What do elephant grass, budgies and The Beatles have in common? They are revelations for my students. They are the stuff kids write about in their letters or the music they use in their video correspondence from around the world. Each of these things represents an invaluable piece of cultural exchange, student to student.
I have long been yearning to give my students the opportunity to dialogue internationally with fellow students but as any teacher will tell you, it’s not always easy to find a place for this kind of activity in an already packed curriculum. I have been asking my contact at Springs Alive in Uganda for some time if he could find a way to share student correspondence. At the same time I have been seeking contacts through Skype in School (a PB Wiki)and the Online projects 4 Teacher’s ning (a social networking site), hosted by Jen Wagner who is widely known for hosting collaborative educational projects. Sign up for her latest challenge! Out of the blue, as an inquiry from my Weebly classroom site, I was contacted by a young woman who is on a Fulbright Scholarship teaching English in Taiwan who wanted to arrange some correspondence between students. The irons in the fire got red hot all at the same time and I forged ahead with all three projects.
Martin Sebuliba from SPACC found a way to scan or type up student letters which my students will read upon their return from Spring break. (My students thought that ‘football’ meant ‘soccer’ anywhere outside the US.) So did I to be honest! We all have a lot to learn. Thankfully,Online Projects 4 Teachers connected me with Donn V. in Australia, who immediately acted by getting her students to produce letters with photos and we have since exchanged 2 each way in 3 weeks. And finally, Shiela Lee has shared two wonderful videos with us introducing her class and teaching us some Chinese! (She posts to Vimeo)We have shared an introductory song and some poetry. It’s a whole new world!
In preparation for this project students completed a table in the computer lab comparing the US, Uganda, Australia and Taiwan. They compared size, population, natural resources, location, language, money and type of government. I checked out books from the library and bookmarked internet sites to help fill in the data for their tables. Students then had to choose two countries to compare. They compared three things. For example: Location, Language and Natural Resources. I think from this list you can glean the curricular connections between Math and Social Studies and Language Arts. I met with students individually and in small groups to discuss the similarities and differences between countries. The students were quick to notice the link between all four countries and the United Kingdom.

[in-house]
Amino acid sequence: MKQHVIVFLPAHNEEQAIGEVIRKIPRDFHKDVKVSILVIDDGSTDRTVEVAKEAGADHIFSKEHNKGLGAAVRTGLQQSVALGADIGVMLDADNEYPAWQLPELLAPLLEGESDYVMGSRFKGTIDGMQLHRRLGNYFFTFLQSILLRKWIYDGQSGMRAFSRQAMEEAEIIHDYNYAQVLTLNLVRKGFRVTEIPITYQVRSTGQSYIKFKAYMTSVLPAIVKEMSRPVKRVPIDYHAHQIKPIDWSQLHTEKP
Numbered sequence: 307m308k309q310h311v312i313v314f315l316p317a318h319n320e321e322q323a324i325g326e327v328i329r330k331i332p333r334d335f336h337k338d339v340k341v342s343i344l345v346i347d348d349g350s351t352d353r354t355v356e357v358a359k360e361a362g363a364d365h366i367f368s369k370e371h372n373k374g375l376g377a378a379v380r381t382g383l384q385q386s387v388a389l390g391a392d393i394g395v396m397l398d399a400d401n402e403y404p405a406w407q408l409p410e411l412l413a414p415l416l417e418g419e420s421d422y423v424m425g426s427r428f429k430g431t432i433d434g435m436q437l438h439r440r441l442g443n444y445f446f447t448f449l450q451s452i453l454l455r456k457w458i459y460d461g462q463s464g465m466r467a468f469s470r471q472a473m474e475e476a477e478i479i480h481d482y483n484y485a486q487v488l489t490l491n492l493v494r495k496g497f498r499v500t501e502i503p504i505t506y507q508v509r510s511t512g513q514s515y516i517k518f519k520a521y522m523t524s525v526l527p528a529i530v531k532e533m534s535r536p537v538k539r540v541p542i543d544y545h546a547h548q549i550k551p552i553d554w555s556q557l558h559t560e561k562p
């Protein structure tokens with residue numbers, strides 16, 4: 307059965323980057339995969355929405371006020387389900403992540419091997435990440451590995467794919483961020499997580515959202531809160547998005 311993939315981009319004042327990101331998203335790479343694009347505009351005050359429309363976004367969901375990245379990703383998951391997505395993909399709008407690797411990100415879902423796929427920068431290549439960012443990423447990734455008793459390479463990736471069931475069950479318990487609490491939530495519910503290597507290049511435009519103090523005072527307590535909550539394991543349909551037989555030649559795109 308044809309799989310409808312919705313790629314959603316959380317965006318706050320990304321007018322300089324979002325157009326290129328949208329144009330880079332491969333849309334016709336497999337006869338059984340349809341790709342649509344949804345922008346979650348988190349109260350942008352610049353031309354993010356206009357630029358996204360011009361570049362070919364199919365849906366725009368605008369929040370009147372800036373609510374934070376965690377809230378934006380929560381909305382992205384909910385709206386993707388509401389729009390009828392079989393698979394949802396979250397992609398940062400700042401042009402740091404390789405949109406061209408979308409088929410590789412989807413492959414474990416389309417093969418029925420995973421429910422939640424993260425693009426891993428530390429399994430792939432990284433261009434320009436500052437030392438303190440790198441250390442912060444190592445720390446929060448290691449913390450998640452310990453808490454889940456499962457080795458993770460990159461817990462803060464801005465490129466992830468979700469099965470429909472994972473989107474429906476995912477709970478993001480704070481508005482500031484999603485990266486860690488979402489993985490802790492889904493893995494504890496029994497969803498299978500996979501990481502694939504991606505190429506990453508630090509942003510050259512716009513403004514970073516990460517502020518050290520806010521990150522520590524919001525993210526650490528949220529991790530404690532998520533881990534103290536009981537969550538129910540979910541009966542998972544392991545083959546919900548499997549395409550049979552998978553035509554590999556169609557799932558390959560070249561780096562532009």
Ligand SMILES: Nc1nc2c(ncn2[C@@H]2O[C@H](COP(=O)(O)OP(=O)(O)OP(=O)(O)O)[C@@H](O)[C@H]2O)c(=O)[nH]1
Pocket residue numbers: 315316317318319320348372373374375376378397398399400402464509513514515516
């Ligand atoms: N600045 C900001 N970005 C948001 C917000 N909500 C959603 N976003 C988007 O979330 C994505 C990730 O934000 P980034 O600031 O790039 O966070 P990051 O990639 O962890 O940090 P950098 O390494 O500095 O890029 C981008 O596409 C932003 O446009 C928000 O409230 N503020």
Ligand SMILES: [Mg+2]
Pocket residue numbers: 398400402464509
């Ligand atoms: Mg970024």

In addition, I found a very informative site about schools in Uganda. My students found it very eye opening to discover how far students travel to get to school with or without shoes. Of our four schools, SPACC is teaching myself and my students an awareness of cultural sensitivity.I should also mention that we used Google earth extensively to examine the regions, geography and topography, measure the perimeter of the countries and their distances from the equator. We found out that Uganda has been called The Pearl of Africa, is a little larger than the state of Georgia, has famous tree-climbing lions and Mt. Stanley over 16,000 feet tall, the 3rd highest in Africa!
Once we received the first set of letters from Australia and matched up pen pals, we shared parts of the letters out loud. I asked the children to find the most interesting part to them or to find a word or phrase that was unfamiliar to them. Language is so colorful and amusing. Students were perplexed and amazed at the differences in language between two English speaking countries. They couldn’t wait to write back. I asked them to answer or ask questions in the first paragraph and then in the second paragraph describe where they would take their pen pal sight seeing in the Atlanta area.
The first few letters from Uganda were a real eye opener for the students. Even though I had prepared them by studying the website about schools in Uganda, the impact of an individual voice is so powerful and so true it can’t be ignored. This is a snippet from one letter we received. These children are our neighbors and now thanks to the internet, we can read their words. Someday we may be able to hear their voices. Amazing! My students are learning that we may not share the same words for things partly because they do not have the same things. For instance, my students asked me if they collect Webkinz in Uganda. The conversation that ensued was priceless.
My regular readers are aware of my friends in Uganda at Springs Alive Children’s Centre, a relationship forged through a connection made through Global Gateway. They have no electricity and very rudimentary buildings for school, but the do have a leader with an entrepreneurial spirit who was able to overcome seemingly insurmountable barriers making kid-kid communication a reality.
Shiela Lee and Donna V. are brimming with wonderfully creative ideas which is incentive for me to respond with equal vigor. It is such a pleasure to have made each of these new friends online and to allow them to permeate the classroom walls with enthusiasm for learning and collaboration. I don’t know who is enjoying our pen pals more, me or my students. I feel very engaged as a teacher and I can tell by the look on their faces when I say, “You’ve got mail!” that my students are captivated by the adventure of making contact with new people and new ideas.